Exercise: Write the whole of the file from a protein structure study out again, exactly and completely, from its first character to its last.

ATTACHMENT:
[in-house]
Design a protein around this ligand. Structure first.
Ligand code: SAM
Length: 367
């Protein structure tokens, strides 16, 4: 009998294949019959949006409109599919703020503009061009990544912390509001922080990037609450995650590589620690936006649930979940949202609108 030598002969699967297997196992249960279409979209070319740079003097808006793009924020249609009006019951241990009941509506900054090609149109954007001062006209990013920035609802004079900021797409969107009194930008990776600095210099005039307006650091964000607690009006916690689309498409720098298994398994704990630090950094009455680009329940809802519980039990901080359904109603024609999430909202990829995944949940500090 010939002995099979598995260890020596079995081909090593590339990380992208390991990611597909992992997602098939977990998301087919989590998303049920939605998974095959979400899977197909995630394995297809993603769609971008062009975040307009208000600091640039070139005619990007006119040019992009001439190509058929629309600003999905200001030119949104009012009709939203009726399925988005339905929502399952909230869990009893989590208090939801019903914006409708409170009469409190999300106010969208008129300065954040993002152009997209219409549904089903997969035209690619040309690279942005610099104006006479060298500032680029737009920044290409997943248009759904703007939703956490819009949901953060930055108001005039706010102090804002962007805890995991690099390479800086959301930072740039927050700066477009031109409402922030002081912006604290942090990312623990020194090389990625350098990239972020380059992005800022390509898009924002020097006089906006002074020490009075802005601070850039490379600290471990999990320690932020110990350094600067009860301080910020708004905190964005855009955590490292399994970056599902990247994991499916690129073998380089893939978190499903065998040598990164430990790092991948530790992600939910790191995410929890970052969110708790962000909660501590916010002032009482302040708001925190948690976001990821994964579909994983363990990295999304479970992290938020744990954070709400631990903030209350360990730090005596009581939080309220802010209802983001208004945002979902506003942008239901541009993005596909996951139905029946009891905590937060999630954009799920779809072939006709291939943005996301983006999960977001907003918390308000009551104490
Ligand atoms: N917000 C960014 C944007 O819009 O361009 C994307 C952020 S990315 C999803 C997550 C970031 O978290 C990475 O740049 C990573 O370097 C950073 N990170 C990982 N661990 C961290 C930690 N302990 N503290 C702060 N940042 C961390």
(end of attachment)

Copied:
[in-house]
Design a protein around this ligand. Structure first.
Ligand code: SAM
Length: 367
């Protein structure tokens, strides 16, 4: 009998294949019959949006409109599919703020503009061009990544912390509001922080990037609450995650590589620690936006649930979940949202609108 030598002969699967297997196992249960279409979209070319740079003097808006793009924020249609009006019951241990009941509506900054090609149109954007001062006209990013920035609802004079900021797409969107009194930008990776600095210099005039307006650091964000607690009006916690689309498409720098298994398994704990630090950094009455680009329940809802519980039990901080359904109603024609999430909202990829995944949940500090 010939002995099979598995260890020596079995081909090593590339990380992208390991990611597909992992997602098939977990998301087919989590998303049920939605998974095959979400899977197909995630394995297809993603769609971008062009975040307009208000600091640039070139005619990007006119040019992009001439190509058929629309600003999905200001030119949104009012009709939203009726399925988005339905929502399952909230869990009893989590208090939801019903914006409708409170009469409190999300106010969208008129300065954040993002152009997209219409549904089903997969035209690619040309690279942005610099104006006479060298500032680029737009920044290409997943248009759904703007939703956490819009949901953060930055108001005039706010102090804002962007805890995991690099390479800086959301930072740039927050700066477009031109409402922030002081912006604290942090990312623990020194090389990625350098990239972020380059992005800022390509898009924002020097006089906006002074020490009075802005601070850039490379600290471990999990320690932020110990350094600067009860301080910020708004905190964005855009955590490292399994970056599902990247994991499916690129073998380089893939978190499903065998040598990164430990790092991948530790992600939910790191995410929890970052969110708790962000909660501590916010002032009482302040708001925190948690976001990821994964579909994983363990990295999304479970992290938020744990954070709400631990903030209350360990730090005596009581939080309220802010209802983001208004945002979902506003942008239901541009993005596909996951139905029946009891905590937060999630954009799920779809072939006709291939943005996301983006999960977001907003918390308000009551104490
Ligand atoms: N917000 C960014 C944007 O819009 O361009 C994307 C952020 S990315 C999803 C997550 C970031 O978290 C990475 O740049 C990573 O370097 C950073 N990170 C990982 N661990 C961290 C930690 N302990 N503290 C702060 N940042 C961390």